Secured Loans vs. Unsecured Loans

2 min read • Jun 19, 2011 • Grant Olsen

The downward spiral of the US economy in recent years has driven people to apply for loans to for various reasons. But perhaps the most common reason why people apply for loans is basically to stay afloat financially until such time they can get a stable financial foothold. If you are someone who is looking to apply for a loan, you may have heard of secured loans and unsecured loans. Before you troop down to your potential lender, it is best that you understand what the major differences between a secured loan and an unsecured loan are.

Secured loans are loans that require the borrower to pledge an asset as means of collateral. The collateral may vary in form such as a car, a home, or any other asset with a value that can cover most or the entire amount the borrower applies for. The collateral serves as a protection for the lender in the event the borrower defaults.

If the borrower fails to repay the debt within the agreed timeframe, the lender can take possession of the collateral and then sell it to regain most or the entire amount that was loaned to the borrower. At least that is the general perception of a secured loan and how it works. There are underlying technicalities on which a debtor (borrower) can arrange for late payments and still keep the collateral.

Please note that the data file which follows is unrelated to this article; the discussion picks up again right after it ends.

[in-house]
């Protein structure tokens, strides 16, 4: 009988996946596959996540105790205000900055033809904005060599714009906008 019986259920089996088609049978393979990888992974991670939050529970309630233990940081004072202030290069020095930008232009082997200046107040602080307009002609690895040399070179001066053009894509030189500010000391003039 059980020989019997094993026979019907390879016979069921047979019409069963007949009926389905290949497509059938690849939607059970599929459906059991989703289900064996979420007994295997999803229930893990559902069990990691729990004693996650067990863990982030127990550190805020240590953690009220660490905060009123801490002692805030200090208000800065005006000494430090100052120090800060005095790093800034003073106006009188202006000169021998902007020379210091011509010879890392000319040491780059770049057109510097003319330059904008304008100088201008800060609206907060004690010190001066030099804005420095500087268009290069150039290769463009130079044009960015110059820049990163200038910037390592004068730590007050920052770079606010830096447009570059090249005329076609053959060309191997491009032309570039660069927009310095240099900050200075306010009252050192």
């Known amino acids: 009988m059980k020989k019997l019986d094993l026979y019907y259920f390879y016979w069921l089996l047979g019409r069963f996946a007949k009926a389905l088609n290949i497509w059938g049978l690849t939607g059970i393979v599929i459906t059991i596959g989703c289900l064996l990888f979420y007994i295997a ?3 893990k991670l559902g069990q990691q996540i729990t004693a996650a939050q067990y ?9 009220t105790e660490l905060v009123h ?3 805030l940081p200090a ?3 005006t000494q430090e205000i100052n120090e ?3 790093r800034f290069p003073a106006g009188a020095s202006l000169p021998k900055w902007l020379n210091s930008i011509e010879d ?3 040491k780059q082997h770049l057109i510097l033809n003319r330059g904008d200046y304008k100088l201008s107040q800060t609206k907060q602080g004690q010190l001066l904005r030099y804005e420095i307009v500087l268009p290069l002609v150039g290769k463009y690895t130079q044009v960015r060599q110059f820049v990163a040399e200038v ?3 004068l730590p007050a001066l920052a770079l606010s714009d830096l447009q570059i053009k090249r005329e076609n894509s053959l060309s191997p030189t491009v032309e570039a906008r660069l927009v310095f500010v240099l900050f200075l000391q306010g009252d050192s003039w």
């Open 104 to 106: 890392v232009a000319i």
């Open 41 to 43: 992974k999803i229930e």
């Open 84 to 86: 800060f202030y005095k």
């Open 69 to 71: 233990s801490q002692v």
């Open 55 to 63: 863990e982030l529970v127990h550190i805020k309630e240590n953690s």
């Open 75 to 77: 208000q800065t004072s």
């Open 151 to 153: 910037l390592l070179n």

Unsecured loans, on the other hand are the exact opposite of secured loans. The default arrangement is that the borrower does not provide collateral when applying for the loan but rather a promise of satisfying the terms of payment. In essence, lenders rely on their clients’ word that they will pay once the amount has been released. This type of loan puts lenders in a more risky position since they do not have collateral to put the debt against if the borrower defaults.

Another significant difference between secured loans and unsecured loans is that most people go for secured loans if they need huge funding for bigger projects such as a car or a home purchase. Unsecured loans, on the other hand, are only viable and plausible for small purchases such as computers, vacations, and unforeseen events like medical emergencies.

Whatever loan you decide to apply for, both call for you to be mature and responsible with how you will handle the funds once they are approved and make sure you comply with your loan’s payment arrangement. Most important of all, do not apply for a loan when it is clear that you don’t need the money in the first place.


Grant Olsen

Grant Olsen is a writer specializing in small business loans, leadership skills, and growth strategies. He is a contributing writer for KSL 5 TV, where his articles have generated more than 6 million page views, and has been featured on and Grant is also the author of the book "Rhino Trouble." He has a B.A. in English from Brigham Young University.